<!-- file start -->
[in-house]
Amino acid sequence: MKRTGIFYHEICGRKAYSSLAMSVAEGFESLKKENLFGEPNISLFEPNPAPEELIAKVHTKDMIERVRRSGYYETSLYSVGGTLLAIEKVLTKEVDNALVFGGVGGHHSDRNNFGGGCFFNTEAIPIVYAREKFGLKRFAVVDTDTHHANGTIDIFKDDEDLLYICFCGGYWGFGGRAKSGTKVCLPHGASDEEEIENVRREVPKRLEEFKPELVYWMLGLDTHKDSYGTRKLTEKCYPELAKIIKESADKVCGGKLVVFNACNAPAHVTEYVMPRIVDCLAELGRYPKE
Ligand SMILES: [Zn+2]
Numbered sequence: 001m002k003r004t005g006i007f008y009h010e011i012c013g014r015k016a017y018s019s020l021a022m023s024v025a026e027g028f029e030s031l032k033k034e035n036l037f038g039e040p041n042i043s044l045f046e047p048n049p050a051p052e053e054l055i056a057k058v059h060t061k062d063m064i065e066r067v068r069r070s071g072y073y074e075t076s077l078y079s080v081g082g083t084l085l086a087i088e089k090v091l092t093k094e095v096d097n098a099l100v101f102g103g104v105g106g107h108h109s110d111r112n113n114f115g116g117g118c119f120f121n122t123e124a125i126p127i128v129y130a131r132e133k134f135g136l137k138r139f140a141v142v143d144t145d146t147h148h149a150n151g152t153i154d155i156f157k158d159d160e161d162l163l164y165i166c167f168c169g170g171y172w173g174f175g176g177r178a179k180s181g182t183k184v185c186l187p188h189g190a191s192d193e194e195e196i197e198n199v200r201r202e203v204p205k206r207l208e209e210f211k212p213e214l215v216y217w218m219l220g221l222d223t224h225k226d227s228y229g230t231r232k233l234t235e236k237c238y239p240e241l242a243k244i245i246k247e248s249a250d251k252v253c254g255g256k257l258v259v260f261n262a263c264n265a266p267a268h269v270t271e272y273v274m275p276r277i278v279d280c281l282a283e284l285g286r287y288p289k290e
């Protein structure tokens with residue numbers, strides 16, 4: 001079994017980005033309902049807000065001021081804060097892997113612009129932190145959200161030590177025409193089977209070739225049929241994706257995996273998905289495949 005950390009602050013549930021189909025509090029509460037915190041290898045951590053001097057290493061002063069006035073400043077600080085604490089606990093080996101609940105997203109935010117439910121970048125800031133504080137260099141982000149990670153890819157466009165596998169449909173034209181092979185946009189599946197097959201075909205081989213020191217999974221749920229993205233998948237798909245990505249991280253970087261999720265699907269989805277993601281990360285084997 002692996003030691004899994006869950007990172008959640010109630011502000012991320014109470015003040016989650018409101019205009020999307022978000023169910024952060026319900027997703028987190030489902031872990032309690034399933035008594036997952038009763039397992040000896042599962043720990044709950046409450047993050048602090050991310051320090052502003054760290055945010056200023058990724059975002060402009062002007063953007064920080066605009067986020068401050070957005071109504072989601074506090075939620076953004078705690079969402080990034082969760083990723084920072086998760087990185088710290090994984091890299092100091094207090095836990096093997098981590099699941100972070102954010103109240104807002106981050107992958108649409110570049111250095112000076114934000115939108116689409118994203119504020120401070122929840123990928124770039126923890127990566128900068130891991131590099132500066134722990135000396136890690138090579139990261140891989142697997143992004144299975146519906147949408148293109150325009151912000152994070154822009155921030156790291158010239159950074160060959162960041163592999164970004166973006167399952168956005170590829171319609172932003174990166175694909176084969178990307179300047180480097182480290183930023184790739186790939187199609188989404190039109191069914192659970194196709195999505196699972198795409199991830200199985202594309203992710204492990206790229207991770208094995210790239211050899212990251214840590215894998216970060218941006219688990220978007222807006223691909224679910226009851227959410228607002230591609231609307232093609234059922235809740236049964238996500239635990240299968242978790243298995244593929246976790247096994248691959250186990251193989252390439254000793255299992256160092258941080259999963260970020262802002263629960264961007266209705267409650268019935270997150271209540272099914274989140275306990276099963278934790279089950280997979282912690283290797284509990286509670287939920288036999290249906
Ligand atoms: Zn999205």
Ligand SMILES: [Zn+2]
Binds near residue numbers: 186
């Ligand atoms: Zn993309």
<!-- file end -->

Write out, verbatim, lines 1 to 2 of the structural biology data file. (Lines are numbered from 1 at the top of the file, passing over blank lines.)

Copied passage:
[in-house]
Amino acid sequence: MKRTGIFYHEICGRKAYSSLAMSVAEGFESLKKENLFGEPNISLFEPNPAPEELIAKVHTKDMIERVRRSGYYETSLYSVGGTLLAIEKVLTKEVDNALVFGGVGGHHSDRNNFGGGCFFNTEAIPIVYAREKFGLKRFAVVDTDTHHANGTIDIFKDDEDLLYICFCGGYWGFGGRAKSGTKVCLPHGASDEEEIENVRREVPKRLEEFKPELVYWMLGLDTHKDSYGTRKLTEKCYPELAKIIKESADKVCGGKLVVFNACNAPAHVTEYVMPRIVDCLAELGRYPKE